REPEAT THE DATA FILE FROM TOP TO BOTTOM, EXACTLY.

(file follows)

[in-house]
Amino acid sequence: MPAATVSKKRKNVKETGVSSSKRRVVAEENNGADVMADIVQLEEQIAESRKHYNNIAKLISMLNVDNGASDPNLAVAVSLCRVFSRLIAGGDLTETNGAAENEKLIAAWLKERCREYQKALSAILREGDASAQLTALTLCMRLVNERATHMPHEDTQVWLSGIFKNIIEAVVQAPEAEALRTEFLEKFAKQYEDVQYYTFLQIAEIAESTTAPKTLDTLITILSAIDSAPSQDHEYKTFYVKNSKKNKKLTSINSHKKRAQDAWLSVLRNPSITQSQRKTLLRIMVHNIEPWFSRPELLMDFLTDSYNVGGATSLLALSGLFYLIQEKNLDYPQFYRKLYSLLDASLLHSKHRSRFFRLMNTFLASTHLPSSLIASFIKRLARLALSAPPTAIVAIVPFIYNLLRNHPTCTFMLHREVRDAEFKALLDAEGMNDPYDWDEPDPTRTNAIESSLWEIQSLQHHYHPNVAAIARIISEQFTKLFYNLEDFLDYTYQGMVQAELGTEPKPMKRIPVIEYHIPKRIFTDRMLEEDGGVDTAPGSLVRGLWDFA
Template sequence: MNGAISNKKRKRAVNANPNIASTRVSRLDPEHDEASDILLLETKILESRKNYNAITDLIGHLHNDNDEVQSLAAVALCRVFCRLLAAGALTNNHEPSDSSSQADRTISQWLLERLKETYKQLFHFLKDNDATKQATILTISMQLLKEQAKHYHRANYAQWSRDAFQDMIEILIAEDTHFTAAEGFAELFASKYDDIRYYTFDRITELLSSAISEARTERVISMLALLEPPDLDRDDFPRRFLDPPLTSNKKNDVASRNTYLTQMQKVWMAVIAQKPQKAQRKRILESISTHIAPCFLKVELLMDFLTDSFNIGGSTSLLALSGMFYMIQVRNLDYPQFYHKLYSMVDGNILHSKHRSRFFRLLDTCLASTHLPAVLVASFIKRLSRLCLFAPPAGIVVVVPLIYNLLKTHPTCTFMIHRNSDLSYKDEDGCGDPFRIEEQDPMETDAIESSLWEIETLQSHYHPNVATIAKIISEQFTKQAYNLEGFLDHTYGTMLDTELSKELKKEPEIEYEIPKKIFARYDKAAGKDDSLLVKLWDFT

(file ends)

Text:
[in-house]
Amino acid sequence: MPAATVSKKRKNVKETGVSSSKRRVVAEENNGADVMADIVQLEEQIAESRKHYNNIAKLISMLNVDNGASDPNLAVAVSLCRVFSRLIAGGDLTETNGAAENEKLIAAWLKERCREYQKALSAILREGDASAQLTALTLCMRLVNERATHMPHEDTQVWLSGIFKNIIEAVVQAPEAEALRTEFLEKFAKQYEDVQYYTFLQIAEIAESTTAPKTLDTLITILSAIDSAPSQDHEYKTFYVKNSKKNKKLTSINSHKKRAQDAWLSVLRNPSITQSQRKTLLRIMVHNIEPWFSRPELLMDFLTDSYNVGGATSLLALSGLFYLIQEKNLDYPQFYRKLYSLLDASLLHSKHRSRFFRLMNTFLASTHLPSSLIASFIKRLARLALSAPPTAIVAIVPFIYNLLRNHPTCTFMLHREVRDAEFKALLDAEGMNDPYDWDEPDPTRTNAIESSLWEIQSLQHHYHPNVAAIARIISEQFTKLFYNLEDFLDYTYQGMVQAELGTEPKPMKRIPVIEYHIPKRIFTDRMLEEDGGVDTAPGSLVRGLWDFA
Template sequence: MNGAISNKKRKRAVNANPNIASTRVSRLDPEHDEASDILLLETKILESRKNYNAITDLIGHLHNDNDEVQSLAAVALCRVFCRLLAAGALTNNHEPSDSSSQADRTISQWLLERLKETYKQLFHFLKDNDATKQATILTISMQLLKEQAKHYHRANYAQWSRDAFQDMIEILIAEDTHFTAAEGFAELFASKYDDIRYYTFDRITELLSSAISEARTERVISMLALLEPPDLDRDDFPRRFLDPPLTSNKKNDVASRNTYLTQMQKVWMAVIAQKPQKAQRKRILESISTHIAPCFLKVELLMDFLTDSFNIGGSTSLLALSGMFYMIQVRNLDYPQFYHKLYSMVDGNILHSKHRSRFFRLLDTCLASTHLPAVLVASFIKRLSRLCLFAPPAGIVVVVPLIYNLLKTHPTCTFMIHRNSDLSYKDEDGCGDPFRIEEQDPMETDAIESSLWEIETLQSHYHPNVATIAKIISEQFTKQAYNLEGFLDHTYGTMLDTELSKELKKEPEIEYEIPKKIFARYDKAAGKDDSLLVKLWDFT